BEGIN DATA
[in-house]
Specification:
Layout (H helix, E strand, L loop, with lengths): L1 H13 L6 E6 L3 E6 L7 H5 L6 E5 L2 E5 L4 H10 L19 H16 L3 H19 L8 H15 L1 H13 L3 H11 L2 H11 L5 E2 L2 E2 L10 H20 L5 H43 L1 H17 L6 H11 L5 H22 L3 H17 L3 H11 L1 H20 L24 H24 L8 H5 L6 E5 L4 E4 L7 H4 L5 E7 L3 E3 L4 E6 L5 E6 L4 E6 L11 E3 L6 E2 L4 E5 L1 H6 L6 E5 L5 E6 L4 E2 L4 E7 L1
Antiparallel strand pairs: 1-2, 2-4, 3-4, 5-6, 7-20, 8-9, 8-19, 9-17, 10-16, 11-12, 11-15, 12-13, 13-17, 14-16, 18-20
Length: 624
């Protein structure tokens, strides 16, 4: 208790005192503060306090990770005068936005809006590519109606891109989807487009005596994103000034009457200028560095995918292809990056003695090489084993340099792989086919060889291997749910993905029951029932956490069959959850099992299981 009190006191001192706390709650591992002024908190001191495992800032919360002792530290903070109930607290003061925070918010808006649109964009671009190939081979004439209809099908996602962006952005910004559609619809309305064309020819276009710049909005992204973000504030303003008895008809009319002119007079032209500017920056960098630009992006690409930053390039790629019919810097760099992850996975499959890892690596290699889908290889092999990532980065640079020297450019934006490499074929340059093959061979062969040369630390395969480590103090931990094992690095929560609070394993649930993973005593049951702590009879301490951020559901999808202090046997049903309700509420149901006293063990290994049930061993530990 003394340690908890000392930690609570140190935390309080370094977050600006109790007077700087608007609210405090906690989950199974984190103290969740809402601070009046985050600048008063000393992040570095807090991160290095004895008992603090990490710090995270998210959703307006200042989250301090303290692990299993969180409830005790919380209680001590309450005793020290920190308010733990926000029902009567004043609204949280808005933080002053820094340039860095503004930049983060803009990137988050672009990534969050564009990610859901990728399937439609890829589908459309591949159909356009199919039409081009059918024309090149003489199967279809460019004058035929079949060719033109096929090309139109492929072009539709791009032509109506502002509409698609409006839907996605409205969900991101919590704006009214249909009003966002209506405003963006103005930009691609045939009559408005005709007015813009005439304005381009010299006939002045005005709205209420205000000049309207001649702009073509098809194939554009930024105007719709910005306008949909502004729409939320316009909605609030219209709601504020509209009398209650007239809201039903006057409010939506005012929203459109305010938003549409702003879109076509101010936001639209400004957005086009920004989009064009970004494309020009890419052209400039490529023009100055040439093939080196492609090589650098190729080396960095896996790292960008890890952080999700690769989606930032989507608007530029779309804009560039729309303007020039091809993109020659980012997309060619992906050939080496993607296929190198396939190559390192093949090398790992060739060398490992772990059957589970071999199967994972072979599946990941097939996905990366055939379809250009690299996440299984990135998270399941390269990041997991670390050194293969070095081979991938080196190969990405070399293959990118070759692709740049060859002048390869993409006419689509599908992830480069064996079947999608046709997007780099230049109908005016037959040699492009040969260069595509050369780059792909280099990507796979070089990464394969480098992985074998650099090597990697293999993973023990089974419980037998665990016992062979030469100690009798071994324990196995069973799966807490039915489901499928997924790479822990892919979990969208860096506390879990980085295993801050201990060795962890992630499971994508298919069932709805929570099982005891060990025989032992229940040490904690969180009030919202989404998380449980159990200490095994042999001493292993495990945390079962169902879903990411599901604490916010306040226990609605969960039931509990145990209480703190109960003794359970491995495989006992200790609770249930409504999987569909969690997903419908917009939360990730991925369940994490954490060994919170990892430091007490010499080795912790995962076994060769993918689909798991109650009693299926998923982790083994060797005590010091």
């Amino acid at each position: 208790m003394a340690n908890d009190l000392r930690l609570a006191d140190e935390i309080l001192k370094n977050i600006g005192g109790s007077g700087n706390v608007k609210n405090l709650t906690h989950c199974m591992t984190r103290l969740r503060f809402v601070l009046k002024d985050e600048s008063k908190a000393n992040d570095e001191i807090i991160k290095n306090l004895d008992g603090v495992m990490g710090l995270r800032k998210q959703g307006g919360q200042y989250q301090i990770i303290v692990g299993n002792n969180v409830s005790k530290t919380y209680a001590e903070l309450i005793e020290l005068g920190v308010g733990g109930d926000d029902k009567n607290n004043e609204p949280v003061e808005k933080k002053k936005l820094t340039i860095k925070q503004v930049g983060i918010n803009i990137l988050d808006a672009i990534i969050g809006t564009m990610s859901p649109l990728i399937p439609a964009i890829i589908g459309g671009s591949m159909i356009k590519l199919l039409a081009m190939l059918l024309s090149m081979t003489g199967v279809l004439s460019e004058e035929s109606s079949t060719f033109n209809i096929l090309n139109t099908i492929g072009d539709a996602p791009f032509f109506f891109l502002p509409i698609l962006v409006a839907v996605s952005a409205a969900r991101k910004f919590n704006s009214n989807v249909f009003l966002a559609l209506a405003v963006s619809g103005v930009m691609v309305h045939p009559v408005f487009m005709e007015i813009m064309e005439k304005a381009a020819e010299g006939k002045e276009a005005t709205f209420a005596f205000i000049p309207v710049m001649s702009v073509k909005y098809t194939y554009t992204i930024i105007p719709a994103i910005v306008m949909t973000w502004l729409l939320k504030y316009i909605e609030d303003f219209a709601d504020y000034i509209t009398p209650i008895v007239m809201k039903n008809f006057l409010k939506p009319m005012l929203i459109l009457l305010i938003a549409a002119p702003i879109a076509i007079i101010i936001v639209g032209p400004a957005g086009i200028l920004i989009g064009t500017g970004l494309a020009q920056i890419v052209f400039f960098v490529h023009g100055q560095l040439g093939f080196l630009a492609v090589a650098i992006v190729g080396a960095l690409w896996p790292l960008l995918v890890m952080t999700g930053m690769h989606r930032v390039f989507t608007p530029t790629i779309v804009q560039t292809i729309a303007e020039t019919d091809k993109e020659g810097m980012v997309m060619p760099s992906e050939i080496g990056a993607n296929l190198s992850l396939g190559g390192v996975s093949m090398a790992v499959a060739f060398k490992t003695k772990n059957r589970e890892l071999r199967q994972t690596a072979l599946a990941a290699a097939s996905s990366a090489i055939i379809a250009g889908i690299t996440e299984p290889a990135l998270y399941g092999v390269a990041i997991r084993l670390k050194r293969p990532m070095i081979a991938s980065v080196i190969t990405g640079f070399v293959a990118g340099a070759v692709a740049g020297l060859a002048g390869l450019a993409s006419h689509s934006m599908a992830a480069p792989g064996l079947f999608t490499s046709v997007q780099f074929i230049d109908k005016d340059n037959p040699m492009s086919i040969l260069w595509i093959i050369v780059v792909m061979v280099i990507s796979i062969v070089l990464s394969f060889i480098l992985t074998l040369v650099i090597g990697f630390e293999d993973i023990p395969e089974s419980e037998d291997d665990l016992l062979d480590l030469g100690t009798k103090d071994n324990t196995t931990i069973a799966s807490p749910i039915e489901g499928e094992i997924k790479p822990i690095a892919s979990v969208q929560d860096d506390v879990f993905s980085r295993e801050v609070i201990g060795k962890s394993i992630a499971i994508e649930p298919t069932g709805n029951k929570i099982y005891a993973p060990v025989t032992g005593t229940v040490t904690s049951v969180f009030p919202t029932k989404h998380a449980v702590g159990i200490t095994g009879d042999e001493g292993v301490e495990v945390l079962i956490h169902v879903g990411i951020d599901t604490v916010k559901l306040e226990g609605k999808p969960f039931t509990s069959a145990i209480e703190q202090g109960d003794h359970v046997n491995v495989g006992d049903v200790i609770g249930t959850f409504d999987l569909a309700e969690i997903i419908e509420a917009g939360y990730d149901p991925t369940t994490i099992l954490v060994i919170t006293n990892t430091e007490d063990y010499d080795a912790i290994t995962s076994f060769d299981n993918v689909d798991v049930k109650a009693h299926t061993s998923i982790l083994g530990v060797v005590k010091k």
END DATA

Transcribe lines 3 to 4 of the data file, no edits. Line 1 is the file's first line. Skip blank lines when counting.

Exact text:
Layout (H helix, E strand, L loop, with lengths): L1 H13 L6 E6 L3 E6 L7 H5 L6 E5 L2 E5 L4 H10 L19 H16 L3 H19 L8 H15 L1 H13 L3 H11 L2 H11 L5 E2 L2 E2 L10 H20 L5 H43 L1 H17 L6 H11 L5 H22 L3 H17 L3 H11 L1 H20 L24 H24 L8 H5 L6 E5 L4 E4 L7 H4 L5 E7 L3 E3 L4 E6 L5 E6 L4 E6 L11 E3 L6 E2 L4 E5 L1 H6 L6 E5 L5 E6 L4 E2 L4 E7 L1
Antiparallel strand pairs: 1-2, 2-4, 3-4, 5-6, 7-20, 8-9, 8-19, 9-17, 10-16, 11-12, 11-15, 12-13, 13-17, 14-16, 18-20